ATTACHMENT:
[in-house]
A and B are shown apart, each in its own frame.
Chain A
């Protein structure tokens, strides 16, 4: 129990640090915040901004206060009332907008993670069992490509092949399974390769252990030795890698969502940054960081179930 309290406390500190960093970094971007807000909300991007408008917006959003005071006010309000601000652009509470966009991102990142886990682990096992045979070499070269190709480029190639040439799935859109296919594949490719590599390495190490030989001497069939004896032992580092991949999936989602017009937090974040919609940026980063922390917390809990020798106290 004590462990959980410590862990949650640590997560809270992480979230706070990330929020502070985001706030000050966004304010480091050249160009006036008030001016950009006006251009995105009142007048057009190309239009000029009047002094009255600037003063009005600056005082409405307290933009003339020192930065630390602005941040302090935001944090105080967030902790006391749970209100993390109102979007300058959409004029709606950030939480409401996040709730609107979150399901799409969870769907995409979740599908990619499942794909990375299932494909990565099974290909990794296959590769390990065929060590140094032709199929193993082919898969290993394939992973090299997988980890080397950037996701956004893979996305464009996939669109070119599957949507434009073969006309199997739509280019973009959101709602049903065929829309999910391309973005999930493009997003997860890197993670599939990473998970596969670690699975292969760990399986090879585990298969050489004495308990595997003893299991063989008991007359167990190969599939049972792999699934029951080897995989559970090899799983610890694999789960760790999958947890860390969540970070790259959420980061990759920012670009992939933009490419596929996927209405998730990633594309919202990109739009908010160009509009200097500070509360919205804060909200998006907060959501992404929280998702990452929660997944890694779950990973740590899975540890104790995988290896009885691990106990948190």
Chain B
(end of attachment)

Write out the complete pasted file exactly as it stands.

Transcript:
[in-house]
A and B are shown apart, each in its own frame.
Chain A
């Protein structure tokens, strides 16, 4: 129990640090915040901004206060009332907008993670069992490509092949399974390769252990030795890698969502940054960081179930 309290406390500190960093970094971007807000909300991007408008917006959003005071006010309000601000652009509470966009991102990142886990682990096992045979070499070269190709480029190639040439799935859109296919594949490719590599390495190490030989001497069939004896032992580092991949999936989602017009937090974040919609940026980063922390917390809990020798106290 004590462990959980410590862990949650640590997560809270992480979230706070990330929020502070985001706030000050966004304010480091050249160009006036008030001016950009006006251009995105009142007048057009190309239009000029009047002094009255600037003063009005600056005082409405307290933009003339020192930065630390602005941040302090935001944090105080967030902790006391749970209100993390109102979007300058959409004029709606950030939480409401996040709730609107979150399901799409969870769907995409979740599908990619499942794909990375299932494909990565099974290909990794296959590769390990065929060590140094032709199929193993082919898969290993394939992973090299997988980890080397950037996701956004893979996305464009996939669109070119599957949507434009073969006309199997739509280019973009959101709602049903065929829309999910391309973005999930493009997003997860890197993670599939990473998970596969670690699975292969760990399986090879585990298969050489004495308990595997003893299991063989008991007359167990190969599939049972792999699934029951080897995989559970090899799983610890694999789960760790999958947890860390969540970070790259959420980061990759920012670009992939933009490419596929996927209405998730990633594309919202990109739009908010160009509009200097500070509360919205804060909200998006907060959501992404929280998702990452929660997944890694779950990973740590899975540890104790995988290896009885691990106990948190």
Chain B